“The rabbit runs around the log once,” Buffy murmured, twisting the fabric in some fancy way his eyes couldn’t follow. “Twice.” She flipped it again. “The rabbit dives into his rabbit hole…” She looped the end and straightened it, her brows furrowed in concentration. “Safe and sound.”
Spike glanced down. “Dunno how you did that.”
“I went through the steps.” She shrugged. “The rabbit outsmarted the fox.”
“Figure that’s a parable, you think? For us?” He waggled his brows. “Big bad fox chasing down the pure lily white rabbit?”
“I don’t think I was ever lily white.”
He chuckled. “Think again, love. As chaste as they come, you were. Didn’t want anything to do with the mean ole fox.”
Buffy’s lips twitched, laughter reaching her eyes. “The rabbit found out eventually that being eaten by the fox is a lot sexier than it sounds.”
“Oh, you’re asking for it.”
“You want me even like this?” She glanced down to her dress with a wince. “This dress is the color of snot.”
“Radioactive snot at that.” Spike pressed a kiss to her brow. “Is there nothing you don’t wear well?”
“I’m choosing to take that as a compliment.” Buffy smiled, her fingers seemingly unable to keep from straightening the masterpiece she’d woven around his neck. “I love you.”
“I love you, too.”
“I really do. It…the words don’t seem enough sometimes, you know?” A long sigh rattled off her shoulders. “I remember before…I told Giles that saying I love you felt weird. Strange coming from me. And now…God, everything just feels so…” She trailed off, smiling though she blinked back tears. “I’ve survived being alive here because of you. You make me strong, Spike. And I love you more than…you rearrange me till I’m sane, and I tell you how much that means to me.”
He smiled softly, his skin burning with her fire. “Think that’s from a song.”
“Doesn’t matter. It’s true.”
Her lips touched his, and he lost himself. Tasting her would always feel like the first time. She stroked him so softly, kissed him so tentatively, made love to his mouth and tongue in such a way his dead heart clenched and everything around him melted into some more perfect reality. Only when he opened his eyes she didn’t disappear, and he had to remind himself again and again the dream wouldn’t end.
Their lips broke apart guiltily. Buffy blushed and buried her face against Spike’s shoulder.
“Sorry to bust up the make-out session,” Xander said, waving a hand. “But it just occurred to me I’m running out of time to do this.”
Spike glanced up, his lips still tingling. “Whass’at?”
“I need you to do something.”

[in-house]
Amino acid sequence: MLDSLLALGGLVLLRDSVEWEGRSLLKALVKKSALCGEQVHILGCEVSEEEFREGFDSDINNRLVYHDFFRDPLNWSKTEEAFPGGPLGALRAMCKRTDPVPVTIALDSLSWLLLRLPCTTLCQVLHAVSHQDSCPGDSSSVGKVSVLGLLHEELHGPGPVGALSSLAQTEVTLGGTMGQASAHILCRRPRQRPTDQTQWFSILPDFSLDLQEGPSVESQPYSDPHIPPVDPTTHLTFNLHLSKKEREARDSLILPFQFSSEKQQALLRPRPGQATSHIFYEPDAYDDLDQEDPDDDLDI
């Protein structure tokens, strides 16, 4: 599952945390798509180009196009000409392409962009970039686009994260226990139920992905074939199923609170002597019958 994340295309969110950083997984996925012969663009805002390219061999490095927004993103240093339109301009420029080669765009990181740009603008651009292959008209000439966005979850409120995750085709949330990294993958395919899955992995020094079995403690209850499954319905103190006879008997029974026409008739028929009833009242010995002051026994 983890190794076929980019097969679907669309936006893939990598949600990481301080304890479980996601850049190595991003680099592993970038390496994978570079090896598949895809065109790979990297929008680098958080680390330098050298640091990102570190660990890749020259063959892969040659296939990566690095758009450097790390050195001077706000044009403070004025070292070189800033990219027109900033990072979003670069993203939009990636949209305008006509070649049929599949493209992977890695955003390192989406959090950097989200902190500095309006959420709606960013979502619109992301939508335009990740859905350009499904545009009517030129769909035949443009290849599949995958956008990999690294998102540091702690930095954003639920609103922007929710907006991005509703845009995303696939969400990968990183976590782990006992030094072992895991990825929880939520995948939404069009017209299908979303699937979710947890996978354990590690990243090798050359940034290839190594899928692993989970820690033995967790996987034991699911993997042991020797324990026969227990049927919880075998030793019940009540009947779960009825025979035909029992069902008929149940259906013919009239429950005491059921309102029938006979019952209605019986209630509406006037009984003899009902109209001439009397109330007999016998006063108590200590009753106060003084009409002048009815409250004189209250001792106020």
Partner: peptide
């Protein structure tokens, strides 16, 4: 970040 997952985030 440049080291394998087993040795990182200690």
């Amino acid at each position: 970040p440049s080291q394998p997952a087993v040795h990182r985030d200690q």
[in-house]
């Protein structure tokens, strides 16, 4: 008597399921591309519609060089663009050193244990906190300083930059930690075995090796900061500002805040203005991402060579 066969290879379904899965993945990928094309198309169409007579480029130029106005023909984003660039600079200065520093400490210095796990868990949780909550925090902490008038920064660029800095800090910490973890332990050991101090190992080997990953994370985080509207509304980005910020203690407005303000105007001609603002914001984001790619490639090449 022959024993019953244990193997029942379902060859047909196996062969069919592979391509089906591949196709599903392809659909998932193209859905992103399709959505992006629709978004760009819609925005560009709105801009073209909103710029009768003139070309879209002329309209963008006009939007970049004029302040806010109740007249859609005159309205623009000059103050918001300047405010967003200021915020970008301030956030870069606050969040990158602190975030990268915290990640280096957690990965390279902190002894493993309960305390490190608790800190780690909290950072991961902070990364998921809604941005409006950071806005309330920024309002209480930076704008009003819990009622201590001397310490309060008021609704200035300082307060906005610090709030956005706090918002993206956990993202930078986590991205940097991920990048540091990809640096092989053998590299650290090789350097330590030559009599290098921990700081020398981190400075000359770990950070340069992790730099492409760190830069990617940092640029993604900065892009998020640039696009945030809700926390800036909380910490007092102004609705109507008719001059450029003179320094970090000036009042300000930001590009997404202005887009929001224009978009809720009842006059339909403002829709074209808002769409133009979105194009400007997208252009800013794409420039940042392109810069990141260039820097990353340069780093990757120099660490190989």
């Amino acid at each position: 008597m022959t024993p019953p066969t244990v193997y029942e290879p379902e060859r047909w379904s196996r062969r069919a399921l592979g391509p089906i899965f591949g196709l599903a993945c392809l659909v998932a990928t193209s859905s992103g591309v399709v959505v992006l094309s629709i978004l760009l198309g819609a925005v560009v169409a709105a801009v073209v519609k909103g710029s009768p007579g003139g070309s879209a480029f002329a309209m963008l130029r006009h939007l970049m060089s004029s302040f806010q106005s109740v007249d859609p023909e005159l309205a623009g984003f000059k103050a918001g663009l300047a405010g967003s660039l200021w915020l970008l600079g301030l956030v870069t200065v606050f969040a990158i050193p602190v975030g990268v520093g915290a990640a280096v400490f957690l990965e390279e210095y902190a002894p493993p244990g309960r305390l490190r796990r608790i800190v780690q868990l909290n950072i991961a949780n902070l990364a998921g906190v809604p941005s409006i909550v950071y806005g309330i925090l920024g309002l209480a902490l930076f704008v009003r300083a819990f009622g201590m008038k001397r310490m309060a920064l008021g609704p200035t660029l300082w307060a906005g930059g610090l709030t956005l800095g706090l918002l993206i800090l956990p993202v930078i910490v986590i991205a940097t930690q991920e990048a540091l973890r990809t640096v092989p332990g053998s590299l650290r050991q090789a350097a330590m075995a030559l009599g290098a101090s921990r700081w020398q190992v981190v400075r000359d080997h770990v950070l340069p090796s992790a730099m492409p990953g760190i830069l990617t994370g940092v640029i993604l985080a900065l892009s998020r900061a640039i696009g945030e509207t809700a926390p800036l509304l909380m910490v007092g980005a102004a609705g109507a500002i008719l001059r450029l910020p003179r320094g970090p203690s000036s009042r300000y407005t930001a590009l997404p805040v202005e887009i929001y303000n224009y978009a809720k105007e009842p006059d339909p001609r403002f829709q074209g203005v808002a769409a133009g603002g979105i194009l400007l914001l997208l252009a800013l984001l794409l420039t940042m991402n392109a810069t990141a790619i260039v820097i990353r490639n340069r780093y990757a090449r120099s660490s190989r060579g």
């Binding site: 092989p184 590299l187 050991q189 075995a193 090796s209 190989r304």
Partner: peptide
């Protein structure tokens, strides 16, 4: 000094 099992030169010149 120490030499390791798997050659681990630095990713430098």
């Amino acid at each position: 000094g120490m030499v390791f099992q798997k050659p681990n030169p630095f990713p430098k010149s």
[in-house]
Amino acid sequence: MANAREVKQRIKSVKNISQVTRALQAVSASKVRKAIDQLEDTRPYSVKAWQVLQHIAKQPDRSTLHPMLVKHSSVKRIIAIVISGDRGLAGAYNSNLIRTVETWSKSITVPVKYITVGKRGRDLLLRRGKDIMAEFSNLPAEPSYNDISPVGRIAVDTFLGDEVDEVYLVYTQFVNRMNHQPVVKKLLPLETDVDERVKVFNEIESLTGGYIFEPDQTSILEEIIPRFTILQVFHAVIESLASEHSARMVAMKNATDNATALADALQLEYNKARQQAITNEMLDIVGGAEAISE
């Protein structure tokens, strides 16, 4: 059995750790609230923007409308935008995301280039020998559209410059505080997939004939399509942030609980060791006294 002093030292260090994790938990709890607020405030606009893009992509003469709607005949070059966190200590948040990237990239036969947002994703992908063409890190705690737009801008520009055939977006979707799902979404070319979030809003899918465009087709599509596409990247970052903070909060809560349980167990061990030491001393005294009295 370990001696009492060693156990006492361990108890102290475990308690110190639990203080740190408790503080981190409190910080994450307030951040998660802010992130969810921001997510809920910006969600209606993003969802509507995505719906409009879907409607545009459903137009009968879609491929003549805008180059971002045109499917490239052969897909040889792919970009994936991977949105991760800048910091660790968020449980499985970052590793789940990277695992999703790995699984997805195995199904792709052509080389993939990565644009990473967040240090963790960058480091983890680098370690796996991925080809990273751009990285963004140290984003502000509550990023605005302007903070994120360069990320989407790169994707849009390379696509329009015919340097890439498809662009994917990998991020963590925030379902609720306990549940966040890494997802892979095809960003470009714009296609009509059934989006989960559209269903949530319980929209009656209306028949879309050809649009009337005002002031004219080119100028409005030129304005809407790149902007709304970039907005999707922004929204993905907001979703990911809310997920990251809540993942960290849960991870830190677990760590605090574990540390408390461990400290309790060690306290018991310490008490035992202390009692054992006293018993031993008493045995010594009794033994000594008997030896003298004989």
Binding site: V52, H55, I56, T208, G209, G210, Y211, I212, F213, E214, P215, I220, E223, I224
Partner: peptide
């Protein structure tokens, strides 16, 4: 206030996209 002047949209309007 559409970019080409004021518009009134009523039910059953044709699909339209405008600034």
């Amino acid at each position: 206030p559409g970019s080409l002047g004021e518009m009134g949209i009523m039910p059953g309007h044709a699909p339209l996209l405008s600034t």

“Which one of us?” Buffy asked.
“Spike.” Xander stepped forward, wringing his hands. “Honestly, I’d hoped you’d just figure it out when I made you go get a tux. Or that Buffy would tell you that just people in the wedding party need to get fitted for things like that.”
Spike glanced to Buffy, who shrugged. “I haven’t been to a wedding,” she replied. “And if I have, must be one of those memories that wasn’t important enough to carry with me for a millennia.”
“It’s okay, Buff. Ignorance on account of thousand-year trauma is allowed.” Xander looked back to Spike. “You’re my best man.”
“Your best what?”
“Man. You stand up with me when I get married.”
Spike blinked dumbly. “Errr, isn’t that something…that mean you like me, Harris?”
“Think the cat’s out of the bag on that one,” Xander retorted. “Come on, man. You saved my best friend from Hell. It might take a lot for the Xan-man to bury the hatchet, but I know when to let go of a grudge. Face it, Bleach Boy, you’re one of us, now.”
Spike pointedly ran a hand through his dark curls. “Don’t think that name applies anymore.”
“Sorry. Hairstyles come and go, but nicknames last forever.”
“You really want me to do this?”
Xander shrugged. “Well, I’d ask Willow, but Anya already claimed her. Besides, she’s not butch enough. And Giles is…well, let’s just say his idea of a bachelor party put him out of the running.”
Buffy placed a hand on Spike’s shoulder and squeezed. “He’ll do it.”
“Damn skippy you will,” Xander agreed. “I know where you live.”
Spike grinned. “Who are you kidding?”
“You’re right. I’m a pansy. But you’ll do it, ‘cause even though you’re not showing it, you’re secretly touched that I asked. Not to mention you’ll do anything to impress the Buffster.”
Damn. He had him there. “Right then.”
“Good! Now that that’s settled, you better bust a move. Gotta get myself hitched.” Xander turned, reconsidered, and tossed a final glance to woman at Spike’s side. “That dress is awful, but on you, Buff…no, it’s still hideous. See you in the chapel!”
He was gone in a flash, but his parting words left Spike in stitches. Buffy chastised him, of course, but he couldn’t help himself. The strange homey feeling in his chest had a way of beating back his better senses.
Perhaps one day he would accept he was part of the group. Perhaps. Until then, though, he would enjoy the ride, and the surprises that greeted him each day.
As long as Buffy was at his side, he didn’t care what came. Nothing was too big to tear them down.
And anything that tried was in for one hell of a fight.